PokerStars has issued another loyalty program update with plans to reward moment by moment play rather than long term high volume input as well as unifying the scheme across all three products and brands.
PokerStars is going all Eckhart Tolle on us after declaring their intention to move away from the old Rakeback model to one that rewards in the moment play.
It’s not groundbreaking news – PokerStars announced their intention to alter their Loyalty Program back in September radically – but if the noise generated from the previous updates is anything to go by then this one could pop a few eardrums.
Severin Rasset, Director of Poker Innovation and Operations for PokerStars, penned the latest update on the Corporate Blog titled: Modernising How we Deal With Rewards.
I have criticised PokerStars for their communication style in the past, and this latest conversation still seems to be lacking a backbone. Rasset begins by making it clear that PokerStars mission is to create the best rewards program in the industry, but he doesn’t make it clear how they intend to do that.
I reached out to Eric Hollreiser to see if we could fill in the blanks, more on that later.
Back to Rasset’s blog post and he talks about the delicate balance of providing value for players who play for fun, competition, and profit, and how the Loyalty Scheme that has worked so well since 2006 is no longer viable in the modern day online poker ecosystem.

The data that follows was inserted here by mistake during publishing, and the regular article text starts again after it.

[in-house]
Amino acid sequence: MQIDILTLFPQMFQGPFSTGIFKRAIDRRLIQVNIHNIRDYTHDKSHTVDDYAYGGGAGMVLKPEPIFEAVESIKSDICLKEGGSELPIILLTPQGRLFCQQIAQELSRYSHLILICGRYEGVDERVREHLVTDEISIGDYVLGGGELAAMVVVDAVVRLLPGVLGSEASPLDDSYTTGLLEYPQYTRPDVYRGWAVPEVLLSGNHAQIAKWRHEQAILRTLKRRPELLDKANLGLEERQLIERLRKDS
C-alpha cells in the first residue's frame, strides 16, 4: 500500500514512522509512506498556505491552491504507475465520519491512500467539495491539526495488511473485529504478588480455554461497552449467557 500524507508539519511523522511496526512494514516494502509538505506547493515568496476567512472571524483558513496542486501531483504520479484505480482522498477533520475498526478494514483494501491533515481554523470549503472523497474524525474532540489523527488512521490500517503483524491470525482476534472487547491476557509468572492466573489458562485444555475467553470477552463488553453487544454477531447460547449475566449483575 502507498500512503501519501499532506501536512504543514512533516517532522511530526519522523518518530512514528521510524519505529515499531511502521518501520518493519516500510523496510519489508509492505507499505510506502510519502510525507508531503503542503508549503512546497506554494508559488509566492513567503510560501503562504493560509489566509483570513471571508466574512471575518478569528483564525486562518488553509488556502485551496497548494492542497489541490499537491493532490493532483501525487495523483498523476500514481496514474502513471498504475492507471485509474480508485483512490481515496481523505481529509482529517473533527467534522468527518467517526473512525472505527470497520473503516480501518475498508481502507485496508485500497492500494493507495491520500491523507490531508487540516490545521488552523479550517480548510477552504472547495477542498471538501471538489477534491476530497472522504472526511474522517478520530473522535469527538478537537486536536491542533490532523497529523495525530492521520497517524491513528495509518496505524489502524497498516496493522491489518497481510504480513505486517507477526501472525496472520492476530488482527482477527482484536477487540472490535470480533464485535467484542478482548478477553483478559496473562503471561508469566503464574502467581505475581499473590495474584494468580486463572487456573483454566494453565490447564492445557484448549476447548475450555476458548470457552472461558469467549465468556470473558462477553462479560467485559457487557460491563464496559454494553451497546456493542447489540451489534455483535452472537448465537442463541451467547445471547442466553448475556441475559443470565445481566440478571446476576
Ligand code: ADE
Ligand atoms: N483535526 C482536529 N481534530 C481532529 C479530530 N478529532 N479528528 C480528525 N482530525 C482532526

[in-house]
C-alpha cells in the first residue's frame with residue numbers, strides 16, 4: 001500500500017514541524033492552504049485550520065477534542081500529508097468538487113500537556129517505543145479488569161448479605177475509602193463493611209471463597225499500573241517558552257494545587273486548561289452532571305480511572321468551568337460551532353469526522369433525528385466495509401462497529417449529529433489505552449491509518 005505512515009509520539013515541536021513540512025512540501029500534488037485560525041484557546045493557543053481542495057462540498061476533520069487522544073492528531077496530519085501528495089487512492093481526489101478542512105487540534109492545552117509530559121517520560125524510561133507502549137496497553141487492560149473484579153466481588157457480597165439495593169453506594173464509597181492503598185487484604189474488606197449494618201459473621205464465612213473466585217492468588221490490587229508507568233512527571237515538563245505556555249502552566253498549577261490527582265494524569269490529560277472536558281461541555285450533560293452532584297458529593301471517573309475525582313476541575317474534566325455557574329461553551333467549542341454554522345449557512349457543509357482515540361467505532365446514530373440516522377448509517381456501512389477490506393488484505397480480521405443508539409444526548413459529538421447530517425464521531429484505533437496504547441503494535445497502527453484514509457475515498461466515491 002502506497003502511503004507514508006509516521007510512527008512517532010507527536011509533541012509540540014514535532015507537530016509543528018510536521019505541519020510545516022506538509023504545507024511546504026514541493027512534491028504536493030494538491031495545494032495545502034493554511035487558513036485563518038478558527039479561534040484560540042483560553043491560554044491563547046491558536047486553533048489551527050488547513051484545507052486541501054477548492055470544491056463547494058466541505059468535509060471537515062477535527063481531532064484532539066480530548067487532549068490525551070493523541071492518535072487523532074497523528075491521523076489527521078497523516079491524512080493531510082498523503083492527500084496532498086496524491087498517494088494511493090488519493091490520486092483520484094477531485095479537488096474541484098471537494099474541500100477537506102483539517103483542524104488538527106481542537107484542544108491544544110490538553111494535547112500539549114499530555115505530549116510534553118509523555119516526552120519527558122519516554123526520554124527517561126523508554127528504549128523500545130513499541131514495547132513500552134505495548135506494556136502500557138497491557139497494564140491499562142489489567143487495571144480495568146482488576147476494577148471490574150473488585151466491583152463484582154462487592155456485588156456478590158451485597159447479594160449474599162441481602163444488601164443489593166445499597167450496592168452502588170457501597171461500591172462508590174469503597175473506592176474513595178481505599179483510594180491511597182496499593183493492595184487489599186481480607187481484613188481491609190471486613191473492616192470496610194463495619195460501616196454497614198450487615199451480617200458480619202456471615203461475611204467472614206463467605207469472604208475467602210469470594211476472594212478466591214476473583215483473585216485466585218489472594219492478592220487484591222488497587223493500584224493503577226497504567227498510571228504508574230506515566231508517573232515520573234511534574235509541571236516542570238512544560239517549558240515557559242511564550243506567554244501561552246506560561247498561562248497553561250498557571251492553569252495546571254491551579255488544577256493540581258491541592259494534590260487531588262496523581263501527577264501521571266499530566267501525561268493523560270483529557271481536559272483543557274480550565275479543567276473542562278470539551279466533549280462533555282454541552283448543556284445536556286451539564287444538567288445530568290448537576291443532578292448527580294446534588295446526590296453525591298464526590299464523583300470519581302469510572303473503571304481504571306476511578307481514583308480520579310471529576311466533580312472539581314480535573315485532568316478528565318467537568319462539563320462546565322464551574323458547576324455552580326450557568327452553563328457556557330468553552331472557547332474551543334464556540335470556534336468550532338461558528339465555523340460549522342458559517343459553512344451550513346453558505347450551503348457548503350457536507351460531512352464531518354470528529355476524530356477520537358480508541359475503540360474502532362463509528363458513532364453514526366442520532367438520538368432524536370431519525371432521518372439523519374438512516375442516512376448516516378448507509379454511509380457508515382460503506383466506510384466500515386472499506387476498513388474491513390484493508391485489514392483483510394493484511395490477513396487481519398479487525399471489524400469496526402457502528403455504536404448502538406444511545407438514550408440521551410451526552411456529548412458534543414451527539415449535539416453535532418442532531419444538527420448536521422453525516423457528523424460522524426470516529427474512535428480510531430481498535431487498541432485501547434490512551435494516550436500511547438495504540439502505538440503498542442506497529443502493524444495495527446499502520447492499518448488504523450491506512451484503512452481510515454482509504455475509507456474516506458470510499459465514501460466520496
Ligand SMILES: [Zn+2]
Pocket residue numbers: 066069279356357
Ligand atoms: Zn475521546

As Rasset points out, PokerStars created the current Loyalty Program to reward high volume play, and that decision led to a bastardised form of poker that relied more on number of hands logged and not number of hands won or number of hands played optimally.
“The environment has changed. The game has matured. The profile of our players has changed.” Rasset wrote.
Here is where the blog content was a little sparse.
What we do know for sure is PokerStars will move to a Loyalty Program that rewards players based on a moment by moment basis and not the usual month by month system that enabled people to build careers.
Rasset claims that the recent changes made to the Loyalty Reward program has shown the PokerStars number crunchers that players are seeing more flops, are playing more hands, and are experiencing greater longevity. There are even signs that the high volume players are changing tact and moving towards a more skill-based approach. So the data shows PokerStars that the changes they need to make need to be in the same direction.
There is a plan to create one Loyalty Program to encompass PokerStars poker, online casino and the BetStars sports book, although the blog clearly states that PokerStars will not be forcing anyone to play on a particular product.
The new program will lean heavily on the gamification idea that has been sweeping entrepreneurial parties in recent years, and Rakeback as you know it will go the way of the dinosaurs sooner rather than later.
The new changes will roll out in Denmark by late May at the latest before being rolled out to other parts of the PokerStars ecosystem.
A Few Thoughts
Although the blog post isn’t clear on Loyalty Program details, what is clear, is it’s going to be even harder for someone to carve out a career as a professional poker player. The problem worsens if online poker is your sole source of income, particularly if Rakeback forms a large bulk of that income.